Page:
# How many election outcomes in the race for class president are there if there are five candidates and 40 students in the class and no candidate receives a majority of the votes, meaning nobody gets higher than 20 votes?

See below on a discussion of a possible methodology:

#### Explanation:

I don't know of a simple way to solve this, but if I was to tackle this problem, this is the methodology I'd use:

• let's first see that there are going to be 40 votes total and 5 candidates, and so we'll be looking at how to distribute those 40 votes across the 5 candidates,
• let's next see that the problem of having duplicate vote tallies will need to be accounted for,
• and so to accomplish this, we'll need to list out the possible vote results across First Place, Second Place, etc, and then assign candidates to those places using permutations and then divide by an appropriate factor to eliminate the duplicates.

Vote Tallies

This is where the majority of the work lies. Unfortunately, I don't see any way to save time or energy on this part. Each unique vote tally needs to be listed.

We know that there are 40 votes and no one got above 20, and so one vote tally can be (20, 20, 0, 0, 0). The next vote tally can be (20, 19, 1, 0, 0). And so on (each following place will have less than or equal to the place before). We'll work our way down this list until we get to (8, 8, 8, 8, 8).

$\left(\begin{matrix}\text{First" & "Second" & "Third" & "Fourth" & "Fifth} \\ 20 & 20 & 0 & 0 & 0 \\ 20 & 19 & 1 & 0 & 0 \\ 20 & 18 & 2 & 0 & 0 \\ 20 & 18 & 1 & 1 & 0 \\ 20 & 17 & 3 & 0 & 0 \\ \vdots & \vdots & \vdots & \vdots & \vdots \\ 20 & 5 & 5 & 5 & 5 \\ 19 & 19 & 2 & 0 & 0 \\ \vdots & \vdots & \vdots & \vdots & \vdots \\ 8 & 8 & 8 & 8 & 8\end{matrix}\right)$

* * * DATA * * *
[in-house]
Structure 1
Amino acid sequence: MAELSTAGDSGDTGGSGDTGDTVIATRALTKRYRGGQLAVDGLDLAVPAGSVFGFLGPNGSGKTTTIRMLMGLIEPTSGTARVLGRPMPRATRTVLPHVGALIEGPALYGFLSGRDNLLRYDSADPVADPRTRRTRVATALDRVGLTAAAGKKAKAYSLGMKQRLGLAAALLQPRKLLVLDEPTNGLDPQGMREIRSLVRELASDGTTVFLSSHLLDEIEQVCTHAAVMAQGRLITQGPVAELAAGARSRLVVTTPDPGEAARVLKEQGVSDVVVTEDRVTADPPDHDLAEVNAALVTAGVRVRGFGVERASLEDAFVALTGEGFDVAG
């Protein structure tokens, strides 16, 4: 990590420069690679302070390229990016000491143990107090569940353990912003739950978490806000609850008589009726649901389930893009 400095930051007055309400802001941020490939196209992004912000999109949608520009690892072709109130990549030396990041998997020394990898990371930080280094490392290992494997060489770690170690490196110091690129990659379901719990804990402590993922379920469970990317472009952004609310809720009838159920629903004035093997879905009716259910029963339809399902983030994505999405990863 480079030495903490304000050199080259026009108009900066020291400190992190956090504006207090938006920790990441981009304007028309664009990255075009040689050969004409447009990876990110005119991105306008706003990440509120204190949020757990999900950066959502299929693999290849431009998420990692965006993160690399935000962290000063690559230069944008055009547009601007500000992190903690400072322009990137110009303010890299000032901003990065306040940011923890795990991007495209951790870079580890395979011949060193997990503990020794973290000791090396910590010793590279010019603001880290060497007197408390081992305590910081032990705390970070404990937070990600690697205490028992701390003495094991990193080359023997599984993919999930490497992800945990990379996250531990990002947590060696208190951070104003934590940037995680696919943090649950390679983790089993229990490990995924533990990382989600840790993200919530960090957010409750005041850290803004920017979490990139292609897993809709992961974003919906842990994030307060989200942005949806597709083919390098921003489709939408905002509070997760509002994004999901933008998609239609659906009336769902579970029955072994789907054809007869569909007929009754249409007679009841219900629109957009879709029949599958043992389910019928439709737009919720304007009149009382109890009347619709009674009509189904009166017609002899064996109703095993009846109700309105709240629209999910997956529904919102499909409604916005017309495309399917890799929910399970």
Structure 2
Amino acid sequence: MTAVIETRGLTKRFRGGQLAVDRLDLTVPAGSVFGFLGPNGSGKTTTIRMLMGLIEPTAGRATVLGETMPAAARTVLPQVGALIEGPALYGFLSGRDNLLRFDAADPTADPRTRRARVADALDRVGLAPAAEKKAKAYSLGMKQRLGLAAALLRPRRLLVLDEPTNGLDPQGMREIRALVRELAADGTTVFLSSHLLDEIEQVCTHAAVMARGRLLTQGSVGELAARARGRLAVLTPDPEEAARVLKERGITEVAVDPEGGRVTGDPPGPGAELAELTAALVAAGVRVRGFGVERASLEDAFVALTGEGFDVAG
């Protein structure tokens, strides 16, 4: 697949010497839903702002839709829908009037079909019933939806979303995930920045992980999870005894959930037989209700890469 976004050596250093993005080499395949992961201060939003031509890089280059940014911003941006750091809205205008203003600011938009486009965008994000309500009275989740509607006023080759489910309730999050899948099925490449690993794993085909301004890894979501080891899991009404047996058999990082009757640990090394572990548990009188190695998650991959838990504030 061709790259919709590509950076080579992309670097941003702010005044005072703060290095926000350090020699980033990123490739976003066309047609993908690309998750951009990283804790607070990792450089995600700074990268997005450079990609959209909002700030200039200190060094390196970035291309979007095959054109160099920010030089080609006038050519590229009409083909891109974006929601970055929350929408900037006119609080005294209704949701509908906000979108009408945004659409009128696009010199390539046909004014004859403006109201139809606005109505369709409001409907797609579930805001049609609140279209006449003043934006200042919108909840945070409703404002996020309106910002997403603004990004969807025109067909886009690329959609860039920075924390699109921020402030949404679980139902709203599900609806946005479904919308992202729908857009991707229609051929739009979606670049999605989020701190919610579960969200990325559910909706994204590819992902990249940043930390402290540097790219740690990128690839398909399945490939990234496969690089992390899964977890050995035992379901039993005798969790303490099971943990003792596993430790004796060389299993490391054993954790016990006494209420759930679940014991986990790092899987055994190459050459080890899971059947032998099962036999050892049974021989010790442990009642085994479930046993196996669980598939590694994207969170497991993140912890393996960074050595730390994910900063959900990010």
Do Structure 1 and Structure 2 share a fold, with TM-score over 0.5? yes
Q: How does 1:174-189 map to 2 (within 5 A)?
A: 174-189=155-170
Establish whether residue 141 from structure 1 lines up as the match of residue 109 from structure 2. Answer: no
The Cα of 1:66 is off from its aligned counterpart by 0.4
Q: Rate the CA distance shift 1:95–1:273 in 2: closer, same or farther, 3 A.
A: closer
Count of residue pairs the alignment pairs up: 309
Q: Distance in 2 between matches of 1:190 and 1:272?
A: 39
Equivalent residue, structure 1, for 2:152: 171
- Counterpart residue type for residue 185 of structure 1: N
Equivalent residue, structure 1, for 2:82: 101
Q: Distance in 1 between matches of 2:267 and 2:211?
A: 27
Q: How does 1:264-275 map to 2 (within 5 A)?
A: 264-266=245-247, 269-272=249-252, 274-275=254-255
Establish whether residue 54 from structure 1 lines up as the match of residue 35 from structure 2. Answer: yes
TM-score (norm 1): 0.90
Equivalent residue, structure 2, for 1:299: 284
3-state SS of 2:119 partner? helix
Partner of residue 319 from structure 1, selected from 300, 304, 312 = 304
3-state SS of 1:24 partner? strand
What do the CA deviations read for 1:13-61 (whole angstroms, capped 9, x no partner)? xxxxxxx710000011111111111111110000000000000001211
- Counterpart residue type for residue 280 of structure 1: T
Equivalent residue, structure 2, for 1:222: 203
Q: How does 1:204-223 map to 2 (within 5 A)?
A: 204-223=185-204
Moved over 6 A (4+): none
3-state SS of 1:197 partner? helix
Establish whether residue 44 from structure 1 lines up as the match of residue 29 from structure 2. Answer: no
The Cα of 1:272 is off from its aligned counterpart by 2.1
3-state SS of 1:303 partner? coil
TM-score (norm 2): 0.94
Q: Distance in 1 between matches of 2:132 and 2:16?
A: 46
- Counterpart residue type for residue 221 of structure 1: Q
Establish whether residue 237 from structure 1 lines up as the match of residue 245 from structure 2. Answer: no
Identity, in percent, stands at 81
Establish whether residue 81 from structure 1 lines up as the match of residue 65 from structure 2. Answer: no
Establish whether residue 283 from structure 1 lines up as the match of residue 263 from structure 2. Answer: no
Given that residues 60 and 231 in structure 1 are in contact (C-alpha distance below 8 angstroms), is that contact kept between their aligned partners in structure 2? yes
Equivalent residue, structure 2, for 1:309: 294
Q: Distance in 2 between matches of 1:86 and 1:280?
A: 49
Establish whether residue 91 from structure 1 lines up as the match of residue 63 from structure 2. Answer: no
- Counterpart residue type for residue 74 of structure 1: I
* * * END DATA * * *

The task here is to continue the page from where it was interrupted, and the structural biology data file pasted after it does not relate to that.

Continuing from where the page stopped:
Permutations

We can now assign candidates to each place. There are 5! =120 ways to do that for each unique vote tally. However, we divide by the factorial of the number of duplicate vote counts to eliminate duplicates. For instance, with the first vote tally of (20, 20, 0, 0, 0), there are two vote counts that have duplicates - there are three 0s and two 20s, so we divide the 5! by 3!2!, which gives us:

(5!)/(3!2!)=120/(6xx2)=10 ways in which this result can occur.

For the next unique vote tally of (20, 19, 1, 0, 0), there are two 0s, and so there are:

(5!)/(2!)=120/2=60 ways in which this can occur.

And we do this for each unique vote tally, all the way to (8, 8, 8, 8, 8) which has only 1 way it can occur ((5!)/(5!)=1)

It is the number of ways that each vote tally can occur that will be summed up and give the final result.

(("First", "Second", "Third", "Fourth", "Fifth",5!,-:,"Ways"),(20,20,0,0,0,120,12,10),(20,19,1,0,0,120,2,60),(vdots, vdots,vdots,vdots,vdots,120,vdots,vdots),(20,5,5,5,5,120,24,5),(19,19,2,0,0,120,4,30),(vdots, vdots, vdots, vdots, vdots,120,vdots, vdots),(8,8,8,8,8,120,120,1))